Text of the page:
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If the email address you enter belongs to a known site administrator or someone set to receive Wordfence alerts, we will send you an email to help you regain access. Please read this FAQ entry if this does not work. Generated by Wordfence at Wed, 30 Jan 2019 6:29:16 GMT. By submitting this form, you agree to Findlaw. You have a passion, and you’d like to make it your profession. No matter how enthusiastic you are about your small business, though, it won’t be successful unless you have a plan in place for how you’re going to start and run it. It doesn’t matter how long or detailed your plan is, as long as it covers a few essential points.
Most successful small businesses will need to have a break-even analysis, a profit-loss forecast and a cash-flow analysis. A business plan is essential because it allows you to experiment with the strategy for your business on paper, before you start playing for keeps. Profit is, after all, the ultimate goal of any successful small business. This is known as a break-even analysis. Many small business owners cover their start-up costs entirely through loans, with the expectation that they will begin paying back the loans with the profits from their new business.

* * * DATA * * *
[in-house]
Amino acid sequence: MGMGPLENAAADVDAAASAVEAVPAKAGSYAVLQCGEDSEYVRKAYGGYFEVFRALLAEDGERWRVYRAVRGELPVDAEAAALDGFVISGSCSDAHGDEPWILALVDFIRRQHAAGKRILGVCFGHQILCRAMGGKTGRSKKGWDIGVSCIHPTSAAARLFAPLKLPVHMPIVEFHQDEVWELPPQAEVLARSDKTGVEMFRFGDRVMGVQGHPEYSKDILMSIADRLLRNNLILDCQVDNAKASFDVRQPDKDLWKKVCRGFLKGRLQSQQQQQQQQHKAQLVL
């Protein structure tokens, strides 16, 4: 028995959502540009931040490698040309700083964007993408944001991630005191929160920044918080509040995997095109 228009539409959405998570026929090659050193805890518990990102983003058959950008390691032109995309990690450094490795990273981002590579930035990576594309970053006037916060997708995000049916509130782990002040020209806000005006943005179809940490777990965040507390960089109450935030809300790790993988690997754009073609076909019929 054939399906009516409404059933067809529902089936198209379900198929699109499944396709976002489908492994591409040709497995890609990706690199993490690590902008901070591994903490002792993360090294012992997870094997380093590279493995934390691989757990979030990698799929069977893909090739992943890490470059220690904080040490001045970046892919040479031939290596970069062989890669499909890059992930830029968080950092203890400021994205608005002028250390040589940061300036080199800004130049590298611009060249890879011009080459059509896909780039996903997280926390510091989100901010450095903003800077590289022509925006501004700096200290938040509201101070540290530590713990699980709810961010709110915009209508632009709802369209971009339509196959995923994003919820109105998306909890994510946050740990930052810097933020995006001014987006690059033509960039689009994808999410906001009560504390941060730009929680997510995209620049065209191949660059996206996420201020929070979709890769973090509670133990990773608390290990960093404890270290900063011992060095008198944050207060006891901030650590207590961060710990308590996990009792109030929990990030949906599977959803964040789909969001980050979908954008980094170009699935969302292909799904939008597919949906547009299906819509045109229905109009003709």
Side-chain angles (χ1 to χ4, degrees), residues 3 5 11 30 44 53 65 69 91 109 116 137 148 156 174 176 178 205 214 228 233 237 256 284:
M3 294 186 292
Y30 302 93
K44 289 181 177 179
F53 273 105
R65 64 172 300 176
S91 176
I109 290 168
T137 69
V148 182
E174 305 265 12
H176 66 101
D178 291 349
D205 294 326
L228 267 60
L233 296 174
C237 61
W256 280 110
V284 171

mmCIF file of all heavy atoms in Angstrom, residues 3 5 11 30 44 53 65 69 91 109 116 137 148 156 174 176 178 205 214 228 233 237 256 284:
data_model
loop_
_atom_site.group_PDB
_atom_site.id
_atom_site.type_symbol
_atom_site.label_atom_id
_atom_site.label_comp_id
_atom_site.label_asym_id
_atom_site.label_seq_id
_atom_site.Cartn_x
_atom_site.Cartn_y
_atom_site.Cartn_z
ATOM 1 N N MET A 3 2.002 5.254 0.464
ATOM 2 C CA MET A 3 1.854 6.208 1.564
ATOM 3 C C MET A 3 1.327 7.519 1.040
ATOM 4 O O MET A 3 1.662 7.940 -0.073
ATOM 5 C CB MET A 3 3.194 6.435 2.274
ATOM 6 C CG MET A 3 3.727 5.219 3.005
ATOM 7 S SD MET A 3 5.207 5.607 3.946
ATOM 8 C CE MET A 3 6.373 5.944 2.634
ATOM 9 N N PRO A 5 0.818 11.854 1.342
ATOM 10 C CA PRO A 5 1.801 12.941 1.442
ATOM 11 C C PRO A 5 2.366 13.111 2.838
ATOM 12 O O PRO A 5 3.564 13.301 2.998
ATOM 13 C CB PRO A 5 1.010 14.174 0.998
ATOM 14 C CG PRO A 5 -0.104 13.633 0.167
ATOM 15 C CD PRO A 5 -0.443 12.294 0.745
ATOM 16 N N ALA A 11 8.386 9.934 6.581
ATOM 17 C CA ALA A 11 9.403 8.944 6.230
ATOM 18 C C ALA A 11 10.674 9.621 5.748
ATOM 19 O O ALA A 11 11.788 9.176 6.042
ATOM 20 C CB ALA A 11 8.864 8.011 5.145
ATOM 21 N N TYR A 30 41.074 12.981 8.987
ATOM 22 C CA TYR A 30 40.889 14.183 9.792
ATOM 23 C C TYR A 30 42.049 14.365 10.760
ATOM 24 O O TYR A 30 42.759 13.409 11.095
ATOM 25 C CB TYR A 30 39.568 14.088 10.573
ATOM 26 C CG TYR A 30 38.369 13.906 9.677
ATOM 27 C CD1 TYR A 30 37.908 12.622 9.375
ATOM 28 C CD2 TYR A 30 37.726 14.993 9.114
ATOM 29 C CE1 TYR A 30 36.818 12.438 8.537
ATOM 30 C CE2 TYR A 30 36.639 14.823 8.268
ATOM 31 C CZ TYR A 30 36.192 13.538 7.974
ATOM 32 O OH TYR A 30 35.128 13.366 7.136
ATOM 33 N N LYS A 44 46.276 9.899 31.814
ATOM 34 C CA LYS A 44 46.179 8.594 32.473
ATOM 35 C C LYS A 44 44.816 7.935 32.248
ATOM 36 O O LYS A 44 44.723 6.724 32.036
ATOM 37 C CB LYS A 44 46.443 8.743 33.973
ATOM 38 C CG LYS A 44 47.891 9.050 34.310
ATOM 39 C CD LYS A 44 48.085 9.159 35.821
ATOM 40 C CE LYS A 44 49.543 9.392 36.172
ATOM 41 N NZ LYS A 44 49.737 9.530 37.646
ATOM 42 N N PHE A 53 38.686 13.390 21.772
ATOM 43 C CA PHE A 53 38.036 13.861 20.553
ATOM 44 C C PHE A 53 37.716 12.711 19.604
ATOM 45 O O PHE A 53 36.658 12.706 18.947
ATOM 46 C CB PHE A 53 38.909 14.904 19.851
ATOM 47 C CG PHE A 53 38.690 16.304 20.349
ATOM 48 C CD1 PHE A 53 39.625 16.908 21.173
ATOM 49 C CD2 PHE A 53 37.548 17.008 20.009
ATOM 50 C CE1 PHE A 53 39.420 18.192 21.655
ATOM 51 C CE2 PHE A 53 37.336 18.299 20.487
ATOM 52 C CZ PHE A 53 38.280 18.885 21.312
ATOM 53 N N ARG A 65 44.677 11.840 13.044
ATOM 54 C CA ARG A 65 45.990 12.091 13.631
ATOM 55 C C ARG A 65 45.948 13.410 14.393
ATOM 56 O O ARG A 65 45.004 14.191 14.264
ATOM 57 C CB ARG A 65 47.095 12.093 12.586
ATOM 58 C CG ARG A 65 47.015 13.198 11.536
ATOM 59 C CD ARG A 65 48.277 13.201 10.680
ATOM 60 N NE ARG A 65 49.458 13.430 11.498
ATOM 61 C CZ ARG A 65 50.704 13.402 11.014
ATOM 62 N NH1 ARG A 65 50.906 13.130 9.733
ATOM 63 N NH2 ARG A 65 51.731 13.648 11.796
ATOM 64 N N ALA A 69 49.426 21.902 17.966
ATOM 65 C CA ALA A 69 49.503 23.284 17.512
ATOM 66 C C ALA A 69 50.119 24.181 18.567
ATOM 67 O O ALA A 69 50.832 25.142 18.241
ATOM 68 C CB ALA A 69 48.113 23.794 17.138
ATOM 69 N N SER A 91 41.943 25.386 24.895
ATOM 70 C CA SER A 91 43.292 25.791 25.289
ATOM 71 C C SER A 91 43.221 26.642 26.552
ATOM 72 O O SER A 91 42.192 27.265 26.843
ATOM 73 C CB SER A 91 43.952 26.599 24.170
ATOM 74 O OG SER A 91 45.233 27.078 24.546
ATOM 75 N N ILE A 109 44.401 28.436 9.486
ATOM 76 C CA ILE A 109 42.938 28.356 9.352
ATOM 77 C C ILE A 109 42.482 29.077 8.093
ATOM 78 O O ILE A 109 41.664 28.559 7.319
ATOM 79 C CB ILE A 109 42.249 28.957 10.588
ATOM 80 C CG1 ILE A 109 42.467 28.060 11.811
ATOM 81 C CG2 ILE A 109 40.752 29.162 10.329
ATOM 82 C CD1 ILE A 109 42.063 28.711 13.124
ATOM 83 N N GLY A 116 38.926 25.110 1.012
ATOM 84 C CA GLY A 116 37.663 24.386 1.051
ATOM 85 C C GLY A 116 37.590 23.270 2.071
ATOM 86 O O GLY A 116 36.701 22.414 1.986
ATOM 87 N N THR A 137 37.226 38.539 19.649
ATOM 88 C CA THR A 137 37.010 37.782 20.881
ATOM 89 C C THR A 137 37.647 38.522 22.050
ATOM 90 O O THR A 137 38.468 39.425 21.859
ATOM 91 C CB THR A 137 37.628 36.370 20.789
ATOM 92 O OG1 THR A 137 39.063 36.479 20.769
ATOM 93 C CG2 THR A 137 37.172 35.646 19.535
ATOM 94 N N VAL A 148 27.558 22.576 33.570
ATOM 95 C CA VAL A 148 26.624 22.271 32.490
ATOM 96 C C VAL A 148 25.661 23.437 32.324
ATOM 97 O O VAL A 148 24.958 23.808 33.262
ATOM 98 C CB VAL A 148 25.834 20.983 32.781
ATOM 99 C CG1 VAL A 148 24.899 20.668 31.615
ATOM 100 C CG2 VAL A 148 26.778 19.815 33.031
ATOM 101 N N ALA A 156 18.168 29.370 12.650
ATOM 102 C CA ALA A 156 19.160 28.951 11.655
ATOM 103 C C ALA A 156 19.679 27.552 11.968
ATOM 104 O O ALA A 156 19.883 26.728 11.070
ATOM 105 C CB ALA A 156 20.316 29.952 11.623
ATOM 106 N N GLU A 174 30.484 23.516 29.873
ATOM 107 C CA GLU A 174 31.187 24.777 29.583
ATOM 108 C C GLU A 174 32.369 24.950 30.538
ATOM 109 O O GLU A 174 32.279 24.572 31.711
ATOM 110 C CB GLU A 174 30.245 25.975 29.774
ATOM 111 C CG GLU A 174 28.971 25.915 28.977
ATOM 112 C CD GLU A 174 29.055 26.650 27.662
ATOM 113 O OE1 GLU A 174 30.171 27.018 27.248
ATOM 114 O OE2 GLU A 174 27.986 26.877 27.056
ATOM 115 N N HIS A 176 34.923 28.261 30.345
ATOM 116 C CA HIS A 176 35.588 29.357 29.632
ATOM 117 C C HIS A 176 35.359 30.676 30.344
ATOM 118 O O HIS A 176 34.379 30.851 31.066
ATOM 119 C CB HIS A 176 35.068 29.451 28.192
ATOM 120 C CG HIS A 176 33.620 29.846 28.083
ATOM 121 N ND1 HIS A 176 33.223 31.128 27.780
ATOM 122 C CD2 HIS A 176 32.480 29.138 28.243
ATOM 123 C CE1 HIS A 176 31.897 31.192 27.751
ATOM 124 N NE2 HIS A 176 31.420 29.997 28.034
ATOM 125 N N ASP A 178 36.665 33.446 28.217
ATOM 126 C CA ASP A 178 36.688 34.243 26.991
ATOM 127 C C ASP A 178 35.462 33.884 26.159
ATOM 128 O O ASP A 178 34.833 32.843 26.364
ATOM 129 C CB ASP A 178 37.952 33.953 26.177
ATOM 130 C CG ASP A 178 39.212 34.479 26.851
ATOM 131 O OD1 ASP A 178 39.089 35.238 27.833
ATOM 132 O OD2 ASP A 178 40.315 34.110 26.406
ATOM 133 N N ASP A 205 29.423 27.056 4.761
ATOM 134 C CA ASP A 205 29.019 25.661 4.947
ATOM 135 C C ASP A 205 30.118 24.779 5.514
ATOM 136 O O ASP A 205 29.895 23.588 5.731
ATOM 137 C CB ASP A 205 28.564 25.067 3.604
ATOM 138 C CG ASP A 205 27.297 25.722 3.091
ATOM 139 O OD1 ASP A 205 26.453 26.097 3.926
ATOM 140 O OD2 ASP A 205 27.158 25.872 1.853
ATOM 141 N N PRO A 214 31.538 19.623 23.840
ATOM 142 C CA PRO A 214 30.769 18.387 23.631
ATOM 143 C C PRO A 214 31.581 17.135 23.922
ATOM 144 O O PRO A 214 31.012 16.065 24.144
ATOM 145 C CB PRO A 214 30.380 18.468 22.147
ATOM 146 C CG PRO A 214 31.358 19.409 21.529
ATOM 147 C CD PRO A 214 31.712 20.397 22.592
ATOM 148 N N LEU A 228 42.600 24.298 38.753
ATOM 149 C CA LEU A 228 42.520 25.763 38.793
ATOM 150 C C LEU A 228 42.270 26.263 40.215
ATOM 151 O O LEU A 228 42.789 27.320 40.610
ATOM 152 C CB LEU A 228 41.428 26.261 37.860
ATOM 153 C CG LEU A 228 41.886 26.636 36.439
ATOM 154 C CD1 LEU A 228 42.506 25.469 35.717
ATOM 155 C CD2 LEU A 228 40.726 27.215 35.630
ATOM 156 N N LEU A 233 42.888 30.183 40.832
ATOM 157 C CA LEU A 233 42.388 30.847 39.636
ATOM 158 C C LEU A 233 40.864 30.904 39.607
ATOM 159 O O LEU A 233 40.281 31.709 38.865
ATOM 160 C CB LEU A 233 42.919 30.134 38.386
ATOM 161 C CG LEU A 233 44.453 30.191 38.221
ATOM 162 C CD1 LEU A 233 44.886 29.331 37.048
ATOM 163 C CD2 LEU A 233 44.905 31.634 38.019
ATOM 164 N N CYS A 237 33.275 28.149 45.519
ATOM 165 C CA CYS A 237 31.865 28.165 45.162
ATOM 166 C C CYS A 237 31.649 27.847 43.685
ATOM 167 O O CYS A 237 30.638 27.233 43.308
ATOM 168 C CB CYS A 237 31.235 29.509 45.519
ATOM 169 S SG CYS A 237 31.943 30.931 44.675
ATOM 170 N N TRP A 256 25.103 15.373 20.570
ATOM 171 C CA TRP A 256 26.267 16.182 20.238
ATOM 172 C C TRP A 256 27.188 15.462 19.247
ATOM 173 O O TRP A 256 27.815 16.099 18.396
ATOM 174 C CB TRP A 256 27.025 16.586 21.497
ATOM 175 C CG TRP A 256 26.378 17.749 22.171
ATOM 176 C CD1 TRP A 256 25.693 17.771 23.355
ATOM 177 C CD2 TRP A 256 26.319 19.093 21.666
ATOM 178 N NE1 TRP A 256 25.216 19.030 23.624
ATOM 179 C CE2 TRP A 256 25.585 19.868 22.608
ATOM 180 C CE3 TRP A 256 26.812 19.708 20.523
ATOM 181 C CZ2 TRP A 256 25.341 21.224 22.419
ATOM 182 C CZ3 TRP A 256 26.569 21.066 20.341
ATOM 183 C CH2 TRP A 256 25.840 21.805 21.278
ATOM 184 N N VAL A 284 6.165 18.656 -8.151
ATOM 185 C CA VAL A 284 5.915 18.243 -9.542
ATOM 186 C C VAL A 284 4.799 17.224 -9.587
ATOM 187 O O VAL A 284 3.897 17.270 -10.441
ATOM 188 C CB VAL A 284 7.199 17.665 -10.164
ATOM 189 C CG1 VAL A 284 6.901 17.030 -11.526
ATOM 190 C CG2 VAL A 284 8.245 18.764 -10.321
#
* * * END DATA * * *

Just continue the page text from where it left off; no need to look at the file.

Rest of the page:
New businesses can take months or years to generate a profit, however, and loan payments can really become a millstone around the neck of a fledgling operation. If you can save up as much of the start-up capital yourself before you open your doors, you will help ensure that loans won’t sink your new business. Remember, also, that there’s an outside chance that a lender will call a loan or add unfavorable terms if your business isn’t as successful as you initially planned. If you provide as much of the start-up money as possible, it will lessen the odds of a nasty surprise like this hindering your business. Most small businesses are sole proprietorships or partnerships. While these types of businesses are nice and easy to form, they also expose their owners to liability for business debts and judgments. Creditors and judgment holders can come after the owners’ personal assets, like savings accounts and homes, once the business’ money is depleted.